Josh Warrington believes unification fight with Can Xu will be 'something special'
No set date has been given for the bout, owing to the uncertainty caused by the Covid-19 pandemic that has currently put a number of countries across the globe on lockdown.
However, promoter Eddie Hearn has confirmed that a deal has been struck for a unification fight between Warrington and Xu which will be held at Emerald Headingley Stadium this summer, if conditions allow.
Warrington has held the IBF belt since dethroning Welshman Lee Selby in May 2018, producing one of the finest performances of his career.
He followed that by defending his title for the first time against former two-weight world champion Carl Frampton in December of the same year.
The Leeds-born fighter, who boasts an undefeated record of 30 wins and zero losses, won with a unanimous points decision in a bout that was named British fight of the year.
Hopes of a unification fight were frustrated throughout 2019 as the Leeds Warrior twice defended his belt, beating Kid Galahad and Sofiane Takoucht at the First Direct Leeds Arena in June and October respectively.
But the IBF champion is keen for his fight with Xu to go ahead with Headingley bosses understood to be flexible when it comes to fixing a date.
“We want to be part of entertaining fights and be part of memorable fights. That is all I want to be part of,” said Warrington.
“It will be something special.”
He added: “From winning the world title and defending it against some of the world’s best. I’m desperate to win another belt.”
WBO champion Shakour Stevenson and WBC belt holder Gary Russell Junior were both men on Warrington’s radar as he sought to unify the featherweight division.
But he believes his potential fight with Xu is the one that will have what will likely be a packed-out Headingley on the edge of their seats.
“It will be a barnstormer,” said Warrington.
“When you look at the other champions in the division, Gary Russell and Shakour Stevenson, you know the build up is going to be entertaining.
“But is the fight going to be entertaining because, Shakour Stevenson likes to move on the back foot and Gary Russell is known for his speed but doesn’t work too much. He chooses when he wants to do his work.
“But with Can Xu, you know as soon as that first bell goes, he is running to the centre of the ring and going hell for leather and obviously I like to do that as well.”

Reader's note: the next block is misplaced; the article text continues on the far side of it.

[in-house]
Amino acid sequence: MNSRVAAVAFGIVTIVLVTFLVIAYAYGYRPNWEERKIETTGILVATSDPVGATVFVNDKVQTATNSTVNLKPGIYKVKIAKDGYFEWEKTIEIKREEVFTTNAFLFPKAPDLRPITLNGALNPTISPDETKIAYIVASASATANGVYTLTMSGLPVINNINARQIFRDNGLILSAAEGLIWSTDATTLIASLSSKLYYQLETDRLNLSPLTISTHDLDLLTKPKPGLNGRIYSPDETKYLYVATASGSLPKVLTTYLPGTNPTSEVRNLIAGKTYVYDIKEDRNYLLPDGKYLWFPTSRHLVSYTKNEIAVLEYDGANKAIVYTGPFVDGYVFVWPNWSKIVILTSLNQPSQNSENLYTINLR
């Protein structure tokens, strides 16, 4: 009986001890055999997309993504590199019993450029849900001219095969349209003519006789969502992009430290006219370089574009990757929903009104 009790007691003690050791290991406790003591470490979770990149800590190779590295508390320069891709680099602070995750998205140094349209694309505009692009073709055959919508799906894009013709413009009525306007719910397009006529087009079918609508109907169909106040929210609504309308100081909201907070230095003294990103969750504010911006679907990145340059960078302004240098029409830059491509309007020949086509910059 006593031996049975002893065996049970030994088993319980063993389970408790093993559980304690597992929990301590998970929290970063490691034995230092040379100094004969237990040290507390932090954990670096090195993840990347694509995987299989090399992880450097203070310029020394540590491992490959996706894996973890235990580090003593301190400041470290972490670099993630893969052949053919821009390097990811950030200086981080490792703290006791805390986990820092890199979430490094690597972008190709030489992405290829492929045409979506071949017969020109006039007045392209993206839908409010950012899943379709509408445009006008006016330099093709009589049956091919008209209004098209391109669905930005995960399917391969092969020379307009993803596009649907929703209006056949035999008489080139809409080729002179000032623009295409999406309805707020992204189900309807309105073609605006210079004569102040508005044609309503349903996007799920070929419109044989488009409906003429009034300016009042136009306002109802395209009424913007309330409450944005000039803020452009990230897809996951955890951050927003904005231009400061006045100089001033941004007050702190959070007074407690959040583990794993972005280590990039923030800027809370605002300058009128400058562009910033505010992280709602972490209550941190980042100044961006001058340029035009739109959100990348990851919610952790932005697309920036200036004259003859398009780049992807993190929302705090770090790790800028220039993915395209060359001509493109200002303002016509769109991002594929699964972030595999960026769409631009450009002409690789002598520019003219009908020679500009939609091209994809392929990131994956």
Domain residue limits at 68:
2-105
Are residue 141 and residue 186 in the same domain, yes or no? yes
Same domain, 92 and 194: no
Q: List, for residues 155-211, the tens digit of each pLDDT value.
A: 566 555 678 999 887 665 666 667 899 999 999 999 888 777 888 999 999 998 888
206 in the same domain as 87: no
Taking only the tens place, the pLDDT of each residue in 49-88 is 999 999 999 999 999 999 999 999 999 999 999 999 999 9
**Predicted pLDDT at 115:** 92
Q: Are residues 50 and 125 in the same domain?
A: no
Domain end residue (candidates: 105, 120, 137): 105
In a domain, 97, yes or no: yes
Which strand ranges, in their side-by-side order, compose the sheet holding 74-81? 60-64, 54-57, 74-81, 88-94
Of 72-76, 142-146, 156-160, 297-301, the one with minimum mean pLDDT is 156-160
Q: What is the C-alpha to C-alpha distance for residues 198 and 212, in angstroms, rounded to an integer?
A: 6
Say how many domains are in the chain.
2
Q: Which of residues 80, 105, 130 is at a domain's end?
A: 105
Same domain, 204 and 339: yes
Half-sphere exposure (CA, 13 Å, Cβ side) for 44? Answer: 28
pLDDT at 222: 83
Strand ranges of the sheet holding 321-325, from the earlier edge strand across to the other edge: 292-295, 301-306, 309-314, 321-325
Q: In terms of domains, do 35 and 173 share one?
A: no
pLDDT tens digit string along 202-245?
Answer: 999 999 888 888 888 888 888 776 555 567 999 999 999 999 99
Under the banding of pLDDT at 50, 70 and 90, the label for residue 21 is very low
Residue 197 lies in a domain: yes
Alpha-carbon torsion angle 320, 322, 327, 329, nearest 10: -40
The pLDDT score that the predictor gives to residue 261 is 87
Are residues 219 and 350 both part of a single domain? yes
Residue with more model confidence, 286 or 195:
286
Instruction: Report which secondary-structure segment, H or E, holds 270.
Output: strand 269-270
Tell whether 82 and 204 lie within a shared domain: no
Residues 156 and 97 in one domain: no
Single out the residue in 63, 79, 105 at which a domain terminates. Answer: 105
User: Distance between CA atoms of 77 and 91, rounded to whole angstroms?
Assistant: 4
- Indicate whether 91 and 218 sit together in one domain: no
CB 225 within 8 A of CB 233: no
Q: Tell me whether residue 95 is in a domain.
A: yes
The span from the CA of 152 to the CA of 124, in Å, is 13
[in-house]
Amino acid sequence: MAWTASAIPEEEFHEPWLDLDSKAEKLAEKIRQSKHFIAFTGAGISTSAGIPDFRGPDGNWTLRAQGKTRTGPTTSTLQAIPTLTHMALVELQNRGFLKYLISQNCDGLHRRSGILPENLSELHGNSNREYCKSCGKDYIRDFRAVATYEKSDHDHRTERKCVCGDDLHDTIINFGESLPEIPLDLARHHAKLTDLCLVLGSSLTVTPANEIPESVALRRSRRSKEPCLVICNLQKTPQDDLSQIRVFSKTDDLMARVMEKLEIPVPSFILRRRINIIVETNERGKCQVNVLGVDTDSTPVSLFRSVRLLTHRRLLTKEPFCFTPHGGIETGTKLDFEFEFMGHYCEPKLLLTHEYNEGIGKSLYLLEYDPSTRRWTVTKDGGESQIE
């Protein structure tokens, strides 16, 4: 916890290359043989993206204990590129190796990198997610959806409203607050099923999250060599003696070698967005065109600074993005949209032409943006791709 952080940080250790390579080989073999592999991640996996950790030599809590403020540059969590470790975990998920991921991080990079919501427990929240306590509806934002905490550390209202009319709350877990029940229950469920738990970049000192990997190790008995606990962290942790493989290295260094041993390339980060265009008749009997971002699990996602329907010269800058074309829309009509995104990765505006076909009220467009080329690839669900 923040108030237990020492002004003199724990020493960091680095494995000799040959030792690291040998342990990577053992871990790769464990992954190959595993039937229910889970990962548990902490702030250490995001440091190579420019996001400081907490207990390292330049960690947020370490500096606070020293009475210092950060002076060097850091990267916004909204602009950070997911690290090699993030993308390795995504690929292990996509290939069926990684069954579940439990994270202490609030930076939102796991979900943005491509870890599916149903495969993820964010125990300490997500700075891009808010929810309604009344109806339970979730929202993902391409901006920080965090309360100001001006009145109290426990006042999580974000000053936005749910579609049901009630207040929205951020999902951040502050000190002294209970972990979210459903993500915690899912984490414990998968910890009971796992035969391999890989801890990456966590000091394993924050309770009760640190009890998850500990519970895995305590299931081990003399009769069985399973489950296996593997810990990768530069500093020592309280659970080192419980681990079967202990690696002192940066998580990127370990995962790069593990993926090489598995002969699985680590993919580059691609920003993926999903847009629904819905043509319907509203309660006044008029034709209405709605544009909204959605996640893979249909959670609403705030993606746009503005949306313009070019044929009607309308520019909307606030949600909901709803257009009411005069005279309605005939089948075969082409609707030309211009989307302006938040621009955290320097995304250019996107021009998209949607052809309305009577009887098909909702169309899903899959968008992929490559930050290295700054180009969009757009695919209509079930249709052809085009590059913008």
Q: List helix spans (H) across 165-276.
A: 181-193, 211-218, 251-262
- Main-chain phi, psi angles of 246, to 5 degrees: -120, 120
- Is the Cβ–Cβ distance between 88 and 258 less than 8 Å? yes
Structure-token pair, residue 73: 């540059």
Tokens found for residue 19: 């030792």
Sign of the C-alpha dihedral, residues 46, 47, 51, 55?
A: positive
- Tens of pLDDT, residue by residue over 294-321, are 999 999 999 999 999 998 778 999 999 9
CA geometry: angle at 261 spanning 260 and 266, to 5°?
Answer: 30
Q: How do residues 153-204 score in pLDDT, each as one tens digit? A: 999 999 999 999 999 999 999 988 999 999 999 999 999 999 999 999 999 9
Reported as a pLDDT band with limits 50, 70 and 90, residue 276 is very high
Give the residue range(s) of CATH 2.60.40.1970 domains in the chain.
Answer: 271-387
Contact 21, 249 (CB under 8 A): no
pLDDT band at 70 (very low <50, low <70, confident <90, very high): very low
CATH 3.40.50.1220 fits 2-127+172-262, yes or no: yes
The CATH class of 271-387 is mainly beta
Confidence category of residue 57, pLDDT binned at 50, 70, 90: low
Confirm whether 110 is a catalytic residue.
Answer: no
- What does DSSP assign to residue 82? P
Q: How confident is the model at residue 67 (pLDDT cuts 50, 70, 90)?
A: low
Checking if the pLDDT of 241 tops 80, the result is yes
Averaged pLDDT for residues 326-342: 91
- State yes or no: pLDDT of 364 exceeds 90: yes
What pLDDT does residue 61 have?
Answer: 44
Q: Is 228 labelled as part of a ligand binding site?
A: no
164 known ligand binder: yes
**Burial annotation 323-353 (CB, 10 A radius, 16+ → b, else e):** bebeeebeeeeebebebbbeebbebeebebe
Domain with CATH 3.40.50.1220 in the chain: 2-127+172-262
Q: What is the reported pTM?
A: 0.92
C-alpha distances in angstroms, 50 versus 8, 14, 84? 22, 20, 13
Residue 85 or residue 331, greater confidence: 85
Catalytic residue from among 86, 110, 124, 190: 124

Xu has lost two of his 20 fights, winning the other 18 and has been WBA World Champion since January 2019.
Warrington admits he did have his sights fixed on Gary Russell, who has been WBC champion since 2015 and recently defended his title with a unanimous decision win over Tugstsogt Nyambayar in February.
And the IBF champion feels that Russell is “there for the taking” if a fight can be arranged after his bout with China’s Xu.
“Sometimes fighters get a gut-feeling and you have to go with that gut feeling,” added Warrington.
“Like the Selby fight, there were many things we saw that we knew we could expose.
“Gary Russell is a great fighter and he has got great speed but he is there for the taking.
“But the Can Xu fight will be an excellent fight as well.”
The British Boxing Board of Control have suspended all events until the end of April following the Covid-19 pandemic which has put the entire sporting calendar on hold.
The 2020 Olympics in Tokyo were the latest event to be postponed and while Warrington admits training for a fight that has no date is frustrating, he will be ready when the time comes to step back into the ring.
He added: “It is frustrating. I was getting all giddy for a potential big fight.
“I couldn’t even train I was that excited about what could potentially come but then shows got pulled left, right and centre and things went out the window.
“But I then I think to myself that there are people in worse situations and you have just got to get on with it.
“I am not in a bad position at this moment in time. You have got to look at people who are slaving away in hospitals and working all hours under the sun. It could be worse.”
He also offered advice to younger professionals, adding: “If you don’t think you are going to have a fight soon, learn your craft. Work on your jab, work on your footwork and your defence.
“I am probably a bog-standard boxer who has got to the top by working and working and trying to perfect my craft and never being satisfied.”